Saturday, October 8, 2011

UPDATED: First pi, now pizza pie

Wow. I guess I should add pizza to my list of things Korea invented.

(With the Dokdo posters in the background, it's clear someone knows how to poke fun at some of the Korea-as-irrational-nationalists meme.)

(HT to you know who you are.)

It turns out that the Grand Narrative has a post on this, which is an interesting read even if I don't necessarily agree with his opening paragraph:
To put it mildly, Koreans don’t often use satire and irony in their popular culture. And when non-Koreans do? Hell, that can even get them deported.
For starters, it seems there are a number of films that employ a great deal of satire and irony (from The Host to The President's Last Bang, though I may be defining irony different from him. My own attempts at satire and irony have been called out by my critics, so I could just be a loon. To be honest, for the longest time I thought irony is what we do after we finish the washee.

As for the Babopalooza deportation* issue, I think the case can be made that they got kicked out not for making fun of Korea (which identifiable people do all the time on blogs) but for violating the restrictive terms of their visa, just as thousands of people have gotten nabbed, fined, deported, or otherwise punished for. I mean, the same law back in the late 1990s prevented me from going to grad school while working full time until I finally managed to get the right visa (when new visas offered more opportunities for me). No one at my grad school was "making money" from attending grad school (it was the opposite!) but Immigration still came in to enforce the law. The folks at Immigration do take these things seriously, as many can attest, and saying that they were persecuted for their content is like, well, saying that whatever bad thing happened to you happened because you're a foreigner (meme #81).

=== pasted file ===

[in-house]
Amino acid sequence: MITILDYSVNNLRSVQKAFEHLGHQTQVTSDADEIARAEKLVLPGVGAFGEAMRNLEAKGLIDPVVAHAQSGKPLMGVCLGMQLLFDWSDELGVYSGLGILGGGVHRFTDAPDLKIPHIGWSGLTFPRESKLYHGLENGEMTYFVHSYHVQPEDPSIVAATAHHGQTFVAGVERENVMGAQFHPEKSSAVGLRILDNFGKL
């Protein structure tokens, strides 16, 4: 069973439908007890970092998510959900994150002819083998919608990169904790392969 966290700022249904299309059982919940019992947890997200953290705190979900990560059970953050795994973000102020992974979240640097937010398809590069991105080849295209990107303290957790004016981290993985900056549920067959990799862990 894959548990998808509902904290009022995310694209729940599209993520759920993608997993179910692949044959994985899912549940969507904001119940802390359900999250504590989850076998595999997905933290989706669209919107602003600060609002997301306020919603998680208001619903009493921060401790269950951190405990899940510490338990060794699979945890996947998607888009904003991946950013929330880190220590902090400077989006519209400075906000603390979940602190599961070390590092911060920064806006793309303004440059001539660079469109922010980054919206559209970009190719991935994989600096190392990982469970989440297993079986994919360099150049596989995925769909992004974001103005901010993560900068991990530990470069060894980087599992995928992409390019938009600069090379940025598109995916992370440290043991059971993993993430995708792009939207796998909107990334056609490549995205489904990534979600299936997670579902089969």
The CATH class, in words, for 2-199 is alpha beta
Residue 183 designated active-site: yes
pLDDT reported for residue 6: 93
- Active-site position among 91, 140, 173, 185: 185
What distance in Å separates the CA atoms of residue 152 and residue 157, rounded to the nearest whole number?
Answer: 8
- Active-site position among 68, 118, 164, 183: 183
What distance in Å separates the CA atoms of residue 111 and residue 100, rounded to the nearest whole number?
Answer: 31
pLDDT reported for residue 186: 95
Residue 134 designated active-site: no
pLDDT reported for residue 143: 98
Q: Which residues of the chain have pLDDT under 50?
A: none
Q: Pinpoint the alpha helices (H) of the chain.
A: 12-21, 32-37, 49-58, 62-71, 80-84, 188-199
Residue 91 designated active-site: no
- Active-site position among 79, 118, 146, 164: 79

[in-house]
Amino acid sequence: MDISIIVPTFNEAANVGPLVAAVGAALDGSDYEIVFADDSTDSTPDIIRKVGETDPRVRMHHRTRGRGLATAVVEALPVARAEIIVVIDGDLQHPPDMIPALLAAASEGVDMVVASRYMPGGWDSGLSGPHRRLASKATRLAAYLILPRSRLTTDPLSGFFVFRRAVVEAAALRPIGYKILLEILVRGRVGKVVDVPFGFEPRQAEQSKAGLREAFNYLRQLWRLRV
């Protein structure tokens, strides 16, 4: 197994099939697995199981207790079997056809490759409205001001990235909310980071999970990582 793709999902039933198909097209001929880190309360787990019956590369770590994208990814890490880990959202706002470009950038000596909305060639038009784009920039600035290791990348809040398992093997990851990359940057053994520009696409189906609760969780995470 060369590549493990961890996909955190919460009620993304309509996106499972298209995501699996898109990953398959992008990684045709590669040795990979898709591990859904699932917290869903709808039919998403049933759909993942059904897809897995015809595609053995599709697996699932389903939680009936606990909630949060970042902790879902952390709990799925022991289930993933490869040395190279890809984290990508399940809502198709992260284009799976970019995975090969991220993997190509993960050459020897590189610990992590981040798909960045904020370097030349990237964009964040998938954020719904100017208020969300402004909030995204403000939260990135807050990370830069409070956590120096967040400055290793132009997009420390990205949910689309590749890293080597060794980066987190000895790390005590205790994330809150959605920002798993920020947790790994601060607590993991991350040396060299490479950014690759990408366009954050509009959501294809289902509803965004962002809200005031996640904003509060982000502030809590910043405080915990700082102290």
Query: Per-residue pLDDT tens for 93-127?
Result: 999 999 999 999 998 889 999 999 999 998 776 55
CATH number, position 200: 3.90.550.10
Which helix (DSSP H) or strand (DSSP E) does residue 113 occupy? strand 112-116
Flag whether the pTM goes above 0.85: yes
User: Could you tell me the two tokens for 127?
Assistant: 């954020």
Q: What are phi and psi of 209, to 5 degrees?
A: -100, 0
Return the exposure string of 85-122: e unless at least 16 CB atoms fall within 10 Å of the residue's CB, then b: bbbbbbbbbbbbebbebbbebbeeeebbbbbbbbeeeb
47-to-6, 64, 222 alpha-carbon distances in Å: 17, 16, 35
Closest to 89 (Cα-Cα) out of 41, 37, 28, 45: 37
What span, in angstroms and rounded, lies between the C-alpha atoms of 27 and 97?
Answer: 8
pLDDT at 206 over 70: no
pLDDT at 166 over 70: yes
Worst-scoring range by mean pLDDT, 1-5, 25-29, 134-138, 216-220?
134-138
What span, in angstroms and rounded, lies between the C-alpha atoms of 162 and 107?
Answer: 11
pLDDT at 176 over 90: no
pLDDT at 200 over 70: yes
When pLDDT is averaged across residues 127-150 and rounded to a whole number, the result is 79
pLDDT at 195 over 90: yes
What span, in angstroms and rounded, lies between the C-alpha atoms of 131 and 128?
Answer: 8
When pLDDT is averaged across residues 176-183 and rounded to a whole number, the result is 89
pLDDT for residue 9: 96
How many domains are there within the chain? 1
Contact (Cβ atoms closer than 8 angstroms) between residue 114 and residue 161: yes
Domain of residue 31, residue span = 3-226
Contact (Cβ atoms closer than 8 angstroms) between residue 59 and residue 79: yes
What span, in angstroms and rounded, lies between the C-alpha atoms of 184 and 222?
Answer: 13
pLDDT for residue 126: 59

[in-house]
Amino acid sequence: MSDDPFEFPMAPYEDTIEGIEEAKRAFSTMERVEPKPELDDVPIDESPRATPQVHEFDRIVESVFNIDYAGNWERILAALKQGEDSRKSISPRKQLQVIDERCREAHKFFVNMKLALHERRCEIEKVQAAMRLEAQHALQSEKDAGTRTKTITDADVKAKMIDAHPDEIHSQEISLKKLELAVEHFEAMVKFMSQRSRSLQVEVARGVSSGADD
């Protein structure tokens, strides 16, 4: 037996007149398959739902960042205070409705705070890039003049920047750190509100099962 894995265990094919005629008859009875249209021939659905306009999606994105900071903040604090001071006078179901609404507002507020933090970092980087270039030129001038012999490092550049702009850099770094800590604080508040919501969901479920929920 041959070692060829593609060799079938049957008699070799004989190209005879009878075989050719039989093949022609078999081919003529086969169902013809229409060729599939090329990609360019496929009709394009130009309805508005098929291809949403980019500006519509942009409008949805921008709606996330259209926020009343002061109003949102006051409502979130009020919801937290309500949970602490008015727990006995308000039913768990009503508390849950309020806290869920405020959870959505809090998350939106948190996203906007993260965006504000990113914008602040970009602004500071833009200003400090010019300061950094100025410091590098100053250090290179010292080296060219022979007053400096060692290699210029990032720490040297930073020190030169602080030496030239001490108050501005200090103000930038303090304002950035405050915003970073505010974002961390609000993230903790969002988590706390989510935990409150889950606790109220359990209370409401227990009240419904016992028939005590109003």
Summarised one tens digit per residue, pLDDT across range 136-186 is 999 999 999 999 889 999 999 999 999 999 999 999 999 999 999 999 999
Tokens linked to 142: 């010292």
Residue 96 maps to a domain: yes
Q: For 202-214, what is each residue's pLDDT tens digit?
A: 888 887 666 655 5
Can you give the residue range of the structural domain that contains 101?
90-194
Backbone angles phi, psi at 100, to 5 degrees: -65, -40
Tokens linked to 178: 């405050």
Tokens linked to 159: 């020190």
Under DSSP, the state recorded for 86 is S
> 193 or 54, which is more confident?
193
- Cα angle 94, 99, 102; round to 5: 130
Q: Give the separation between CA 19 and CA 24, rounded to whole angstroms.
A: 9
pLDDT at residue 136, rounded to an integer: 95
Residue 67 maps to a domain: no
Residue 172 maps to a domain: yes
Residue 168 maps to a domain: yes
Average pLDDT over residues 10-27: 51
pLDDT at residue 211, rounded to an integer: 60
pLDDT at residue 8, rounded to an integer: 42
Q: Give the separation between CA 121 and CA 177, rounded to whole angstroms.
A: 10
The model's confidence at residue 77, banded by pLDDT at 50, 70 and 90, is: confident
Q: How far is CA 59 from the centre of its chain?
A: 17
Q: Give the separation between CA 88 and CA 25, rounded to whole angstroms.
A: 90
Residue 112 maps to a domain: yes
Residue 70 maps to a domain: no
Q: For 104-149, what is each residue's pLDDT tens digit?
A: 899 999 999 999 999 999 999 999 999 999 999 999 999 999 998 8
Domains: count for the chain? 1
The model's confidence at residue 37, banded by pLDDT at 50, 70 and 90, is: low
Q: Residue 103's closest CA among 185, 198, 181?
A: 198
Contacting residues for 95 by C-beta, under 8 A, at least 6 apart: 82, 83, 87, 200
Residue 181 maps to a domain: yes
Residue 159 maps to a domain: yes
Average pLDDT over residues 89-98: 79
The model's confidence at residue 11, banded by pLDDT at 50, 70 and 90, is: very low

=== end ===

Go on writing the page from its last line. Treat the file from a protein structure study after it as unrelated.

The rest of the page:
In other words, this isn't [insert humorless authoritarian regime here].

But be careful, because in the opening of the above fauxcumentary [insert humorless authoritarian regime here] was poked fun of as well. They and their obsession with what is claimed by Koreans to be from Korea. Really, someone did a great job mining some Internet memes here.

Japan Focus takes an interesting and scholarly look at the Mr Pizza viral ad and what it all means, including how Japanese interpreted it. The Marmot's Hole has a post about that post, which had focused on an earlier Marmot's Hole post.

* No one was actually deported, according to the above Busanhaps link:
First, no one was fired or deported due to the police investigation. However, several participants who were due to start new teaching jobs the following March, found that their schools were unable to process their visa applications due to the investigation, and therefore the schools had to withdraw the job offers. Unable to start a new job, some of these people had no choice but to leave the country when their old visas expired (I believe there were three such cases). Strangely, those of us who were renewing or extending contracts and visas at our current schools had no problem, and could stay in Korea. Of the people who were forced to leave, all eventually returned to Korea after a few months when the investigation was completed, and found just as good, or better jobs.
I'd say, "put that in your pipe and smoke it," but Lord knows what problems smoking anything other than tobacco would bring in Korea.



  1. Thanks so much. That is one of the funniest things I've ever seen. I wonder if it was really made by Mr. Pizza...?

  2. I'm thinking it was. This kind of marketing is becoming a "thing," and the production value, consistently positive promotion of the product (i.e., the jabs are taken against everything but Mr Pizza) seem to fit the mold.

    I wonder if they got the okay from the Buddhists, though. I can imagine some people of any faith my not be too happy with their iconography being used in this way in what is essentially a commercial.


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